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Early Hominids: Evolution & Timeline

Instructor: Christopher Sailus

Chris has an M.A. in history and taught university and high school history.

In this lesson we explore early hominids: humanity's earliest ancestors. By examining some of these species we can learn the important aspects that fostered human evolution and just some of the difficulties that face modern paleoanthropologists.

Age-old Questions

There comes a time in most every parent's life when their child approaches them and asks 'Where did I come from?' Depending on the age of the child, the answer to this question might be tricky. For some paleoanthropologists, answering the larger question of 'where did we, as a human race, come from?' can be even trickier.

Much of this difficulty is due to time. The only thing that remains from our early hominid ancestors is a few bones that were fossilized and preserved for millions of years. In addition, paleoanthropologists never discover full skeletons of individuals; they piece together species of our ancestors by finding a skull here, a femur over there, and a jawbone down there. Despite these difficulties, paleoanthropologists today have a better understanding of how humans evolved than ever before.

Human Evolutionary Scale

According to best current estimates, early hominids first branched off from their common ape ancestor on the evolutionary tree between six and eight million years ago. What follows is a list of several important human ancestors that walked the earth; it is by no means comprehensive.

  • Sahelanthropus tchadensis

First appearing in the fossil record around six to seven million years ago, S. tchadensis exhibits many apelike features (especially a small, ape-sized brain) and may actually be modern humans' and apes' common ancestor. Unfortunately, few fossils of the species remain and preclude any definitive ancestral links.

  • Australopithecus species

Several hominid species with the genus name Australopithecus followed afterward, and they are unique from previous hominids in that they are the first species to begin showing strong evidence of bipedality - that is, walking on two legs instead of four.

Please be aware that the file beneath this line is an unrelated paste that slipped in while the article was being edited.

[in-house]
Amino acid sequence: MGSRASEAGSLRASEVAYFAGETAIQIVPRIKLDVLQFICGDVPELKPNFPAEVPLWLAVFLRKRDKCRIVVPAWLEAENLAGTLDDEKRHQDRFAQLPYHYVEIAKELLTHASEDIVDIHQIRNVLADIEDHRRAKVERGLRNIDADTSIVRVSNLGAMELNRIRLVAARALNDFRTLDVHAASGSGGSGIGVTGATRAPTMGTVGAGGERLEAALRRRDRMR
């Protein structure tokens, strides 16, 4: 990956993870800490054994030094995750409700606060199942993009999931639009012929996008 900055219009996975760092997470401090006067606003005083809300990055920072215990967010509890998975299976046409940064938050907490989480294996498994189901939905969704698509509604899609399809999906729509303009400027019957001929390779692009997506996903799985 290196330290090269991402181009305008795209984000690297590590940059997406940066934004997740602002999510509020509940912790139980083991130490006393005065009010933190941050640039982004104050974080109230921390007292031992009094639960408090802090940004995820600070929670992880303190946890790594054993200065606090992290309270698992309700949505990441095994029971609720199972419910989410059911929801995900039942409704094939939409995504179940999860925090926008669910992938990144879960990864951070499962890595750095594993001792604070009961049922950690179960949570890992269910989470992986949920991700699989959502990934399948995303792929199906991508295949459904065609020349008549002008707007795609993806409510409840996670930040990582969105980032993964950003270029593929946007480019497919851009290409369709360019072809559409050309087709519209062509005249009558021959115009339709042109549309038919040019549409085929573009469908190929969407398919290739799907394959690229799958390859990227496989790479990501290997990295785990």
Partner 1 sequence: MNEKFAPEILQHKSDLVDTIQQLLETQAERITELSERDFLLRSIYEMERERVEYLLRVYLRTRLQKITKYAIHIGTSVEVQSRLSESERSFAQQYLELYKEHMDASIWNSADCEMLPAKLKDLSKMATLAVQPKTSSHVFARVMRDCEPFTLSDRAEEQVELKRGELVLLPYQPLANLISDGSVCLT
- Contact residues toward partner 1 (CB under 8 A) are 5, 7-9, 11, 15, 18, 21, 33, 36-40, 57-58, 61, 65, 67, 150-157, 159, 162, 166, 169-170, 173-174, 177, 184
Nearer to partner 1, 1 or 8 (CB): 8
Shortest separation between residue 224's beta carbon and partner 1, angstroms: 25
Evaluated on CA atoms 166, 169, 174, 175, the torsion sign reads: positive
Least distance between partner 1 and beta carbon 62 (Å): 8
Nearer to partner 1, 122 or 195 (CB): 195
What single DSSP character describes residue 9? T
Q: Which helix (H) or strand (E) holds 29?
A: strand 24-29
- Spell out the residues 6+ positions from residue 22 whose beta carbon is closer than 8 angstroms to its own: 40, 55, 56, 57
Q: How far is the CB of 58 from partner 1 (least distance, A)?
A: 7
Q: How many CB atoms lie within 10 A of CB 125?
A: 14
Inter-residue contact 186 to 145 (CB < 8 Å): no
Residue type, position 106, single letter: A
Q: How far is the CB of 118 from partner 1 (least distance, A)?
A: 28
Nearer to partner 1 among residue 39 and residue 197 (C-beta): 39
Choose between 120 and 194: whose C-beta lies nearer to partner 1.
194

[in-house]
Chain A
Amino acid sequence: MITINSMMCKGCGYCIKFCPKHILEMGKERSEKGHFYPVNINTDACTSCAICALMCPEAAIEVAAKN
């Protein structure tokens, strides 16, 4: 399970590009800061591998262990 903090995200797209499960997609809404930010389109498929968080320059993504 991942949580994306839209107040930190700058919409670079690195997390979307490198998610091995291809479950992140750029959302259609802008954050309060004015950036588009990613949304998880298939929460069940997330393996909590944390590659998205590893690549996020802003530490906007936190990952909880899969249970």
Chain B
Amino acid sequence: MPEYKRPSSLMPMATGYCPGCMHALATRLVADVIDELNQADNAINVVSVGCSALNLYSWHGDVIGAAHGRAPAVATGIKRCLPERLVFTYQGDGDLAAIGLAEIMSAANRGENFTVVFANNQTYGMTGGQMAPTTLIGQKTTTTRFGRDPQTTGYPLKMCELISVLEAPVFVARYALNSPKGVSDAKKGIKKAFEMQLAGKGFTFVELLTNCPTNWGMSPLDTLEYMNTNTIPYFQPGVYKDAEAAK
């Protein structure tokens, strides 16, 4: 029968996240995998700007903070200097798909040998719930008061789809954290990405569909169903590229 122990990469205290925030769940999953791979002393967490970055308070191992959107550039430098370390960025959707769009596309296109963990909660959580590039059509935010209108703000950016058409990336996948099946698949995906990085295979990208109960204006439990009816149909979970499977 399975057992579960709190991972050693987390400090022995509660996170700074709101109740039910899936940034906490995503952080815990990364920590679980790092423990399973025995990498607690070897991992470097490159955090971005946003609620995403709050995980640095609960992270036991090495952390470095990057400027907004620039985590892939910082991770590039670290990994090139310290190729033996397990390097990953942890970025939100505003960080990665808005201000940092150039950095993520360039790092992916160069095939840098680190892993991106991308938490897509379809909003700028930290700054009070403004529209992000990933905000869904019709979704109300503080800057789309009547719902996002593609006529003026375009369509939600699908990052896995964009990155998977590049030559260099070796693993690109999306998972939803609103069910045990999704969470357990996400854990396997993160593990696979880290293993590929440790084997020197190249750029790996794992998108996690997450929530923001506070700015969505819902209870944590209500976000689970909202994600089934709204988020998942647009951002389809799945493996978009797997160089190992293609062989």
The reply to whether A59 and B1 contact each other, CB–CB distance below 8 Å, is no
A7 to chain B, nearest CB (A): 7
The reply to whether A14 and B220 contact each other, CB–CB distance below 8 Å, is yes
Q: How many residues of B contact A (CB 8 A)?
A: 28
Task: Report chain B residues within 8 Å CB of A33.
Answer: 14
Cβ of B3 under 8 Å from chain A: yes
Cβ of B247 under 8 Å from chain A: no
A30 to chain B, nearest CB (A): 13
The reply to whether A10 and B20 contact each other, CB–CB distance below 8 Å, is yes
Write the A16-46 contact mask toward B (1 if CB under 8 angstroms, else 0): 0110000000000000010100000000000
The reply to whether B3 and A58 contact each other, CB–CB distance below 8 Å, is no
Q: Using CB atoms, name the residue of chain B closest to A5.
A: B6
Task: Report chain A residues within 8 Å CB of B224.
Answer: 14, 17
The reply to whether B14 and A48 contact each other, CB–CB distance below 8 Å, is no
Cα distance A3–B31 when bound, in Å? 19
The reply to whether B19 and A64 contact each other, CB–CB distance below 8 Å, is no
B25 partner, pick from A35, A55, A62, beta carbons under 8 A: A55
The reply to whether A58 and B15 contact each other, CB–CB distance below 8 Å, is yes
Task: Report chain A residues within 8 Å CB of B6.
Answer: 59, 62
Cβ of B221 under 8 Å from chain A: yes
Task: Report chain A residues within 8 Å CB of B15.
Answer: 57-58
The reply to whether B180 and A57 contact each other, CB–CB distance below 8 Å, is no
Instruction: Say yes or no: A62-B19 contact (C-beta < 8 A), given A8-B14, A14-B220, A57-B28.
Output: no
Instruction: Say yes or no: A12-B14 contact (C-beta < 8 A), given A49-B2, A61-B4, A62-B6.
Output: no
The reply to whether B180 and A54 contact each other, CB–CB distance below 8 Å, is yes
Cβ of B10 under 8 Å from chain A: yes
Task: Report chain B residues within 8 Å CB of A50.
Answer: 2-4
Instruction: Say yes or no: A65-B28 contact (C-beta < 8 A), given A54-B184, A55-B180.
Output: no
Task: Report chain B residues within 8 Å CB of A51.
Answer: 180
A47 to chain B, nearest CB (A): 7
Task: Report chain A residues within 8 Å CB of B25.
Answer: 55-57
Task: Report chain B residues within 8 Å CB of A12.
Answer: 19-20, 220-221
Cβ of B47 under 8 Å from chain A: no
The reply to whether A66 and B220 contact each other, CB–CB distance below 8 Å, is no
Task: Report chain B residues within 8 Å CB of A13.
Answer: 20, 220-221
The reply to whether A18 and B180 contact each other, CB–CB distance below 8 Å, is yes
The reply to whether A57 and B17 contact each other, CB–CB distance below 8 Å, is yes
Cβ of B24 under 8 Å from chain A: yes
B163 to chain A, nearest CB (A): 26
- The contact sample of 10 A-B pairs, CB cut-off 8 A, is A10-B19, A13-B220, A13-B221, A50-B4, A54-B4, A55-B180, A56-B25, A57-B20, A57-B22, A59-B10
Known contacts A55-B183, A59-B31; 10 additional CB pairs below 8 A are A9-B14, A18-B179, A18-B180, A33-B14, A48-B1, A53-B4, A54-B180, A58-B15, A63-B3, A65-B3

From the earliest Australopithecus anamensis to the latest Australopithecus robustus, multiple species of Australopithecus inhabit the fossil record from approximately 4.2 to 1.5 million years ago. Other than bipedality, the Australopithecus specimens are unique in their increasing brain size over time: earlier species such as Australopithecus afarensis had brains of just under 400 cc., while Australopithecus robustus likely had a brain size of about 550 cc.

  • Homo habilis

Active around 2.5 to 1.5 million years ago, Homo habilis is different than the Australopithecus species in that he certainly had the ability to fashion and use tools. Often referred to as the 'handy man' due to this, Homo habilis had a larger brain as well - on average around 650 cc.

  • Homo erectus

Homo erectus, at 900-1100 cc., had an even larger brain than his handy ancestor and his tools were far more complex. Active around 1.8 million to 300,000 years ago, Homo erectus was more stout than modern day humans, and likely was far stronger than we are today. Evidence at some digs suggests that erectus may have also harnessed the use of fire, and perhaps been more efficient walkers than modern day humans.

  • Homo neanderthalensis

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